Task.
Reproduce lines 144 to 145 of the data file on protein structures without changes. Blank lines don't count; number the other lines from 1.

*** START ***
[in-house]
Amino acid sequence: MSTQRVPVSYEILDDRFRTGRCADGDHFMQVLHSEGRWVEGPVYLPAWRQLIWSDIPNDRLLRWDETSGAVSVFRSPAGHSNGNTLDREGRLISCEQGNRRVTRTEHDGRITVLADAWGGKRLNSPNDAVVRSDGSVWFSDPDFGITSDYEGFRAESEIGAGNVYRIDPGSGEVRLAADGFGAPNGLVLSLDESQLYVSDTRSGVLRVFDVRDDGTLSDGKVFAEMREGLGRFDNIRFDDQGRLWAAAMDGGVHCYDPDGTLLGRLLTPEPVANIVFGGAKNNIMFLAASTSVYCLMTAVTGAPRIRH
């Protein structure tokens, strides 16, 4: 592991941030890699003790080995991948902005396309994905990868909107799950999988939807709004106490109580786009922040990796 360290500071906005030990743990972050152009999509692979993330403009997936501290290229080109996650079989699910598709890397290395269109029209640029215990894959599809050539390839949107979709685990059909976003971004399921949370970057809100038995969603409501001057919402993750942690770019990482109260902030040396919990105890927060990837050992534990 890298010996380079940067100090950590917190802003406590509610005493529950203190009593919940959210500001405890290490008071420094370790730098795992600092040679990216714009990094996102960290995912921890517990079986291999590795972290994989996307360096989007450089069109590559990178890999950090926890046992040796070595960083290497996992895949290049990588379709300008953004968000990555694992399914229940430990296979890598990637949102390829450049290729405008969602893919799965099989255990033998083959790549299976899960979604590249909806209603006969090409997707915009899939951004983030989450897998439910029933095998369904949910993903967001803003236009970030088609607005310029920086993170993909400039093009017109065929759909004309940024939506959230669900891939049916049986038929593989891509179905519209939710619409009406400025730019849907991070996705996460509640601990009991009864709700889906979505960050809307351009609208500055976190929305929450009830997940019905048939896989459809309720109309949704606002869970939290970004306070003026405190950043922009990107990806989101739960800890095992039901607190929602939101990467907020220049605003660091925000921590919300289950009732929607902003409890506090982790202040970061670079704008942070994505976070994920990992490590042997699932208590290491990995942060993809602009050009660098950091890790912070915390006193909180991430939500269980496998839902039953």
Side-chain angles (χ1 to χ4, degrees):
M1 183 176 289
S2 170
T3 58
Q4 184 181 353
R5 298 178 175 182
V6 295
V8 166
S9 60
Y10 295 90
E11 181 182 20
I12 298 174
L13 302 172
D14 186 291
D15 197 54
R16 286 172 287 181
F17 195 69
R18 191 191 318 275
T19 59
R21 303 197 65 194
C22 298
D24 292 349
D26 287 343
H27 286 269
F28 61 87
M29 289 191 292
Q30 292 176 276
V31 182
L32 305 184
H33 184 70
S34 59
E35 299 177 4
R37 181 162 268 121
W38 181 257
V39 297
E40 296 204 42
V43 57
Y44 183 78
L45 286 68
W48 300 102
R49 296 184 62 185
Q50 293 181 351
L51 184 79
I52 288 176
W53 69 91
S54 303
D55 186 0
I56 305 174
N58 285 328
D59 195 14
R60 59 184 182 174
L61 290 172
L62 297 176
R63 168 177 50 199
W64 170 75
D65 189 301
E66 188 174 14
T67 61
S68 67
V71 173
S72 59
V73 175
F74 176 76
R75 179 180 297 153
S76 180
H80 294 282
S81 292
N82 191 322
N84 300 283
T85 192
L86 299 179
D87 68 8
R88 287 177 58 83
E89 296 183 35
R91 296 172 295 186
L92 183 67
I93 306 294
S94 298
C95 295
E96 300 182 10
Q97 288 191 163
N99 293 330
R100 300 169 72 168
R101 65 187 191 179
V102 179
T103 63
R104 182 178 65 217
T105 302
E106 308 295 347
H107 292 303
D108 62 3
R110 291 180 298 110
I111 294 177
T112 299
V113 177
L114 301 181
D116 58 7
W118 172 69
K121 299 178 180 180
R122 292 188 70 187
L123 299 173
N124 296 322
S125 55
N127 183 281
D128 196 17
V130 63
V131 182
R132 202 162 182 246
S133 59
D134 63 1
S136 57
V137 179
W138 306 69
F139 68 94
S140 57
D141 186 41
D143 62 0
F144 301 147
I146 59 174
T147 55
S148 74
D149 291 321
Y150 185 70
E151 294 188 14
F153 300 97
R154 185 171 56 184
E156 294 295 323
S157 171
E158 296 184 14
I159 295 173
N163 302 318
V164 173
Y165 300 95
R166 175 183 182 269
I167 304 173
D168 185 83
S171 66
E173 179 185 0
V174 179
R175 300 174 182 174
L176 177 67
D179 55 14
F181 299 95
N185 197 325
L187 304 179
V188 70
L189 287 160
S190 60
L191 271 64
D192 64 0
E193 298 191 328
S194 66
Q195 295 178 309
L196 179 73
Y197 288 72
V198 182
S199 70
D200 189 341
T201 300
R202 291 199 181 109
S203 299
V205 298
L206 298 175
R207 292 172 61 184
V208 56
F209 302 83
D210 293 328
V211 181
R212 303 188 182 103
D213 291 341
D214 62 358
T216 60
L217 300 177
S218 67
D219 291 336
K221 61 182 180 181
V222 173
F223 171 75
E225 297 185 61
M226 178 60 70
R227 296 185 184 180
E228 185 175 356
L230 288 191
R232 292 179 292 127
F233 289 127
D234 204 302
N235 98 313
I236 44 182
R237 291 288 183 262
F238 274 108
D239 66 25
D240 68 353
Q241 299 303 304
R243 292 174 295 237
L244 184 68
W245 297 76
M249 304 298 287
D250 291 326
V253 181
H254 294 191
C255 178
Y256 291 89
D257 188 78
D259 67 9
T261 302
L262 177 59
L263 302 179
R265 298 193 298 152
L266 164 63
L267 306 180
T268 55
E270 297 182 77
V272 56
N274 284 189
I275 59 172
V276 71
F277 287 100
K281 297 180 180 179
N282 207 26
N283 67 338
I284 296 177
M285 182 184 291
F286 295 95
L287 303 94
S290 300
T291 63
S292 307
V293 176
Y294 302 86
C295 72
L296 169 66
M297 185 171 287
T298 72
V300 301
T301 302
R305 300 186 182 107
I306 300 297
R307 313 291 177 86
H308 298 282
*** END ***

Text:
L176 177 67
D179 55 14